One Mom’s Tips for Avoiding Sibling Rivalry

When I had my second child, I wanted to make sure that they would become best friends. I wanted to avoid sibling rivalry as much as possible.

The first thing I did was whenever I talked about the baby it was “our baby” or “her baby sister”. We casually talked about how she was going to be a big sister and she would get to teach the baby lots of new stuff. After my second daughter was born, Princess G, we had her big sister come right away. Princess A was 28 months at the time. She remembers coming to the hospital and meeting her little sister.

When I got home I followed some great advice: don’t always go to the baby first.  If I was doing something for my oldest I would say out loud “Princess G, I will be there in a minute I am helping your sister.” Of course the baby did not understand me but my oldest did.  I think it really helped that I did not always rush to the baby. My oldest felt as though she was just as important. I also used one of the baby’s naps to take the time and play with Princess A. Her favorite memories of that time were when we would play in the snow and then have hot cocoa to warm up. We were never outside more than 15 minutes (dressing took longer, lol) but to her it was an eternity with just mommy. She also got to go on a few dates with Daddy too!

I made sure that things were pretty even or at least appeared even to them.  As they got older I emphasized that we share in our house. They have their special stuffed animal and a doll or two that they don’t have to share but everything else they share. I point out to them that if they share toys then they have a bigger variety. For example, instead of buying them both the same doll, I buy one in blue and the other in pink. They now have different dolls. I knew I was getting through to them when at my oldest birthday she received a present with two Barbie ballerinas in the package and she turned to ask me which one was hers. I told her since it was her birthday she could pick.

BabyLegs Spring 2012
They do argue with each other on occasion but it does not last long. First, they know I won’t be happy and they also won’t like my solution. If they do argue, which is about once a week, it is over a toy or that my oldest wants to read instead of playing. In our house sharing and kindness is how we are as a family. My girls see my husband and me being kind and sharing. My husband and I rarely argue, about twice a year, and we always talk softly and very respectfully.

The best way to avoid sibling rivalry is to treat your kids fair and with love. Things are not always perfectly even but when things are not I ask them what I can do to even things up, and usually they come up with a great idea and everyone is happy!

*Post by Noreen, a BabyLegs Mom.

The Differences Between Raising First and Second Children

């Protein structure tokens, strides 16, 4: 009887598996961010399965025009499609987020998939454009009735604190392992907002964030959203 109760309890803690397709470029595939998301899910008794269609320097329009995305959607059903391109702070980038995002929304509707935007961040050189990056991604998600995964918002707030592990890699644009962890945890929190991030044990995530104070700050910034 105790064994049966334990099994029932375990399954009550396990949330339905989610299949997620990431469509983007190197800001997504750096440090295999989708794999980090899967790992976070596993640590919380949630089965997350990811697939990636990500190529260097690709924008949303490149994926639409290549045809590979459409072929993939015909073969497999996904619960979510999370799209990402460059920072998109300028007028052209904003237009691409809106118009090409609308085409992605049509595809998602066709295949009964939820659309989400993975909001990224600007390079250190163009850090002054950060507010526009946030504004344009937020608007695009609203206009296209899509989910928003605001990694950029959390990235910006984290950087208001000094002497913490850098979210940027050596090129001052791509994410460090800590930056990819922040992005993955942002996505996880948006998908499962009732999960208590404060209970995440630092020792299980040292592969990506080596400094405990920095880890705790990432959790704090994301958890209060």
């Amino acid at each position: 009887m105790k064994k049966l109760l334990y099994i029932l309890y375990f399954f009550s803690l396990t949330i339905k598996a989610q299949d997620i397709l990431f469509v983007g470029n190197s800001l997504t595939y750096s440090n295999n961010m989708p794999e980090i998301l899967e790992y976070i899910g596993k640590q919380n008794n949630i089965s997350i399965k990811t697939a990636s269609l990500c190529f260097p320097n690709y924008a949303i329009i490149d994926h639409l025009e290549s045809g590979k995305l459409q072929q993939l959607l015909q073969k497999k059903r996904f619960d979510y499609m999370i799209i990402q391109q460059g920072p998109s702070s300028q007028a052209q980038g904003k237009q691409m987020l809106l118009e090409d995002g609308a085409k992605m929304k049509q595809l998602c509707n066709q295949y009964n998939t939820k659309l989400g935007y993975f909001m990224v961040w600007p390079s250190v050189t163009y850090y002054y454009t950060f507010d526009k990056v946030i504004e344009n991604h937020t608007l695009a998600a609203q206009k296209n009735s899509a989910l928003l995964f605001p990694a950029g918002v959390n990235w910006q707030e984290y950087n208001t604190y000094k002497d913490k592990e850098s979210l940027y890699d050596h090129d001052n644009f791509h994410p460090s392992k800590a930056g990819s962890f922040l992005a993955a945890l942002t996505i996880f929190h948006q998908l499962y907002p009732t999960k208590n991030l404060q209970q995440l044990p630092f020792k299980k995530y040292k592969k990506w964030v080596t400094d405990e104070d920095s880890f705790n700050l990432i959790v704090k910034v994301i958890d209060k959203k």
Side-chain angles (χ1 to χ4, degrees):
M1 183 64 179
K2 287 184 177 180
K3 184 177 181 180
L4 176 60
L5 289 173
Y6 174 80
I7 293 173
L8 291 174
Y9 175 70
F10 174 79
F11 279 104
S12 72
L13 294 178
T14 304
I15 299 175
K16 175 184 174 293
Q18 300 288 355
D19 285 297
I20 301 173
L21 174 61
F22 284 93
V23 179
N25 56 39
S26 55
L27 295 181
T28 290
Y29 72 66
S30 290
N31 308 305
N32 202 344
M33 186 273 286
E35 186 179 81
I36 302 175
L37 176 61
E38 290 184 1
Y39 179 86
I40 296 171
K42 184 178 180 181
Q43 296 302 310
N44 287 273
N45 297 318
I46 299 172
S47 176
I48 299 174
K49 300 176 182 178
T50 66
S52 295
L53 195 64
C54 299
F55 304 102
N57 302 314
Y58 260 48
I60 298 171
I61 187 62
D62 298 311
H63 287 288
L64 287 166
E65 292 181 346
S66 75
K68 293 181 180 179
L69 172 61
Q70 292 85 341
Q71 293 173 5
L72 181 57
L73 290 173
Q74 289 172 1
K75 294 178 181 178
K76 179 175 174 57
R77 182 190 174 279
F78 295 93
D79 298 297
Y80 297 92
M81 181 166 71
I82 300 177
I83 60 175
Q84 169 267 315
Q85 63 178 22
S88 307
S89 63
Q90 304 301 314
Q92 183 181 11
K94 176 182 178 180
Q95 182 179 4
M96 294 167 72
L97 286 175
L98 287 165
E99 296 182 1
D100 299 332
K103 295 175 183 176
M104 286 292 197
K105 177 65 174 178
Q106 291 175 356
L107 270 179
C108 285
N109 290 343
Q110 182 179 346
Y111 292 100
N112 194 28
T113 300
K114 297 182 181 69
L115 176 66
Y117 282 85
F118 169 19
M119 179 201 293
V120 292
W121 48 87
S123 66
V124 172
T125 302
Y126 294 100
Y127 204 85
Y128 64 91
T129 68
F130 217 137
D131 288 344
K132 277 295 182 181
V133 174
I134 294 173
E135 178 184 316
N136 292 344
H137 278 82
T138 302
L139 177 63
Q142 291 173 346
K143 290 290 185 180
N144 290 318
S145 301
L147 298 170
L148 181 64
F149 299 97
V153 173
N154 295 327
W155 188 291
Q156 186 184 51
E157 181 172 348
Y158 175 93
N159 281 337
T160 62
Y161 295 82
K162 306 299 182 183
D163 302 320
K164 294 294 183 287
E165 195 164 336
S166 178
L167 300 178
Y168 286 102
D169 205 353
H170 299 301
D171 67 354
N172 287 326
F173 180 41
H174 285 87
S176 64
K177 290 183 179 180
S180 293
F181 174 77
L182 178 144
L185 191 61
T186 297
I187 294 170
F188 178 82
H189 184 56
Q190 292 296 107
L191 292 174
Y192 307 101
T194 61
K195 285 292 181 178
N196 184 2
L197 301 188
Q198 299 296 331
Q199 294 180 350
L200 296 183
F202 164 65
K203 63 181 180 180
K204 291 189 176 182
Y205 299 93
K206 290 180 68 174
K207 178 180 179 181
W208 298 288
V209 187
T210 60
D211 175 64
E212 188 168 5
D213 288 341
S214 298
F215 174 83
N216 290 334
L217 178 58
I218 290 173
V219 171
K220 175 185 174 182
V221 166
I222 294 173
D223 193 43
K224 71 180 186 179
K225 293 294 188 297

I had always heard that parenting strategies differed between your first child and any subsequent children, but I never knew how true it was until our second came along! Our first child is now 8 and my parenting strategy with him can be summed up neatly into one word: overprotective. I washed his bottles/sippy cups separately from other dishes in the dishwasher and his clothing separately in the washing machine until he was well over a year old - with my daughter I only did that for the first few months. Whereas he wasn’t allowed to climb on to the sofa by himself or go anywhere near the stairs, my daughter is a little monkey who will climb anything and everything and loves spending hours at a time climbing up the stairs and sliding down on her bottom (with either Daddy or me right behind her of course, just in case!)

I think several factors contribute to these vast differences in the way we parent her compared to the way we parented him. The main one being the differences in their personalities. Our son was a shy, quiet child and was more interested in playing with shape sorters and puzzles than tumbling and climbing. He loved to sit and read books or just cuddle. Our daughter on the other hand is more rough-and-tumble and prefers a more hands-on approach to her exploration of the world around her.

Another factor that helps to explain the change between our parenting styles 8 years ago and now is our age. My husband and I were 19 and 20 when our son was born. At that young age, we were nervous and unprepared and therefore highly overprotective with him. Now that we’re older (and wiser), we are comfortable with giving our daughter a little more “breathing room” to grow and explore, while still keeping a watchful eye and arms ready to rescue her when she gets a little too adventurous!

Keep Calm and Parent On

Also, from our own experience and talking with friends who also have more than one child, the common theme seems to be that second children are more energetic and adventurous because they have an older sibling to try to keep up with. That definitely holds true in our house! So for those of you expecting or contemplating adding a second child (or more) to your family, my advice is to remember that you will more than likely have to change up your parenting style a bit and remain flexible, and not to worry if you find yourself doing things completely differently than with your first. It’s definitely an adjustment, but so worth it – change can be a great thing!

About the Blogger:

Hi! I’m Beth Ann and I live in Central PA. My husband and I have been together for 10 years and have an 8 year old son and an 18 month old daughter who both love BabyLegs. I’m a stay-at-home mom and also do part-time work from home as a legal transcriptionist. I enjoy working on my photography hobby, remodeling our house, going to sporting events, pretty much anything that involves spending time with my family!

*Image from Living Mi Vida Loca